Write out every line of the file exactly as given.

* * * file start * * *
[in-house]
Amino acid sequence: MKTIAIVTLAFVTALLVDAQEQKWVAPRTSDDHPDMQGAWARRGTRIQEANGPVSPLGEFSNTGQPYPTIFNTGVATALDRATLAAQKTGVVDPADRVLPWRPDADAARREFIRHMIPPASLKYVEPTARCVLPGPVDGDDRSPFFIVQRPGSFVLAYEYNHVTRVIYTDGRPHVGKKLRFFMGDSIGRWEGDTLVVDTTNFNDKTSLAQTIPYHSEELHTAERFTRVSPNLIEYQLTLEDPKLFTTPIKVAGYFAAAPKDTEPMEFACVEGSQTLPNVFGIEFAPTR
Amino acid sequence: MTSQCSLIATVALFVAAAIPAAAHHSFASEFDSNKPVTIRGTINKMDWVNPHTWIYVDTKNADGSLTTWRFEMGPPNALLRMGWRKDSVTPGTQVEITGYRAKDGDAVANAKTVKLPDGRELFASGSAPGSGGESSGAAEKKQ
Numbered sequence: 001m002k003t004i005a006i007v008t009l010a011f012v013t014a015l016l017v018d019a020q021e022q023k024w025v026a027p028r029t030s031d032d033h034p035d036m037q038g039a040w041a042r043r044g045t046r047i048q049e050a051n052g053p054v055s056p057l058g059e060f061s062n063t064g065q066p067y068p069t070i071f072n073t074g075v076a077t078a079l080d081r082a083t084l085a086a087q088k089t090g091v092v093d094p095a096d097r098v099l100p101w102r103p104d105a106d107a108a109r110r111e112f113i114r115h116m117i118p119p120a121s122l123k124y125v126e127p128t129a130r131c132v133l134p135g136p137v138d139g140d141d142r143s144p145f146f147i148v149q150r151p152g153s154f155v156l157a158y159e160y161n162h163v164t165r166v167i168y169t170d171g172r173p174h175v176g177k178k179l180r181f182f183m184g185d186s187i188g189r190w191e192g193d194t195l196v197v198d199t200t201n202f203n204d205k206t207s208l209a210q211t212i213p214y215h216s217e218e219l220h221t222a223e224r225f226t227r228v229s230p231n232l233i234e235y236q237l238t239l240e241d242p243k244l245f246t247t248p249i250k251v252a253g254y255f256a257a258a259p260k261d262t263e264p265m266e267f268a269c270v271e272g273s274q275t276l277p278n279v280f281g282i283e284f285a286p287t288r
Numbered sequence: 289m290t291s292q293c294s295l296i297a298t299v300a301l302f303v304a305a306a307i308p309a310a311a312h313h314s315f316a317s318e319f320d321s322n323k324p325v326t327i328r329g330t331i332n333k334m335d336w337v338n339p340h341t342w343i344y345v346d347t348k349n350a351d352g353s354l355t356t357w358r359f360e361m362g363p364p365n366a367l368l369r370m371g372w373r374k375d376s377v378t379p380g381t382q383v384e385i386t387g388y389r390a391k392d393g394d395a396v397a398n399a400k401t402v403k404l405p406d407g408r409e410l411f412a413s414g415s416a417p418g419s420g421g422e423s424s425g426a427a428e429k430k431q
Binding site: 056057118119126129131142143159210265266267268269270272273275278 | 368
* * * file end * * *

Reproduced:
[in-house]
Amino acid sequence: MKTIAIVTLAFVTALLVDAQEQKWVAPRTSDDHPDMQGAWARRGTRIQEANGPVSPLGEFSNTGQPYPTIFNTGVATALDRATLAAQKTGVVDPADRVLPWRPDADAARREFIRHMIPPASLKYVEPTARCVLPGPVDGDDRSPFFIVQRPGSFVLAYEYNHVTRVIYTDGRPHVGKKLRFFMGDSIGRWEGDTLVVDTTNFNDKTSLAQTIPYHSEELHTAERFTRVSPNLIEYQLTLEDPKLFTTPIKVAGYFAAAPKDTEPMEFACVEGSQTLPNVFGIEFAPTR
Amino acid sequence: MTSQCSLIATVALFVAAAIPAAAHHSFASEFDSNKPVTIRGTINKMDWVNPHTWIYVDTKNADGSLTTWRFEMGPPNALLRMGWRKDSVTPGTQVEITGYRAKDGDAVANAKTVKLPDGRELFASGSAPGSGGESSGAAEKKQ
Numbered sequence: 001m002k003t004i005a006i007v008t009l010a011f012v013t014a015l016l017v018d019a020q021e022q023k024w025v026a027p028r029t030s031d032d033h034p035d036m037q038g039a040w041a042r043r044g045t046r047i048q049e050a051n052g053p054v055s056p057l058g059e060f061s062n063t064g065q066p067y068p069t070i071f072n073t074g075v076a077t078a079l080d081r082a083t084l085a086a087q088k089t090g091v092v093d094p095a096d097r098v099l100p101w102r103p104d105a106d107a108a109r110r111e112f113i114r115h116m117i118p119p120a121s122l123k124y125v126e127p128t129a130r131c132v133l134p135g136p137v138d139g140d141d142r143s144p145f146f147i148v149q150r151p152g153s154f155v156l157a158y159e160y161n162h163v164t165r166v167i168y169t170d171g172r173p174h175v176g177k178k179l180r181f182f183m184g185d186s187i188g189r190w191e192g193d194t195l196v197v198d199t200t201n202f203n204d205k206t207s208l209a210q211t212i213p214y215h216s217e218e219l220h221t222a223e224r225f226t227r228v229s230p231n232l233i234e235y236q237l238t239l240e241d242p243k244l245f246t247t248p249i250k251v252a253g254y255f256a257a258a259p260k261d262t263e264p265m266e267f268a269c270v271e272g273s274q275t276l277p278n279v280f281g282i283e284f285a286p287t288r
Numbered sequence: 289m290t291s292q293c294s295l296i297a298t299v300a301l302f303v304a305a306a307i308p309a310a311a312h313h314s315f316a317s318e319f320d321s322n323k324p325v326t327i328r329g330t331i332n333k334m335d336w337v338n339p340h341t342w343i344y345v346d347t348k349n350a351d352g353s354l355t356t357w358r359f360e361m362g363p364p365n366a367l368l369r370m371g372w373r374k375d376s377v378t379p380g381t382q383v384e385i386t387g388y389r390a391k392d393g394d395a396v397a398n399a400k401t402v403k404l405p406d407g408r409e410l411f412a413s414g415s416a417p418g419s420g421g422e423s424s425g426a427a428e429k430k431q
Binding site: 056057118119126129131142143159210265266267268269270272273275278 | 368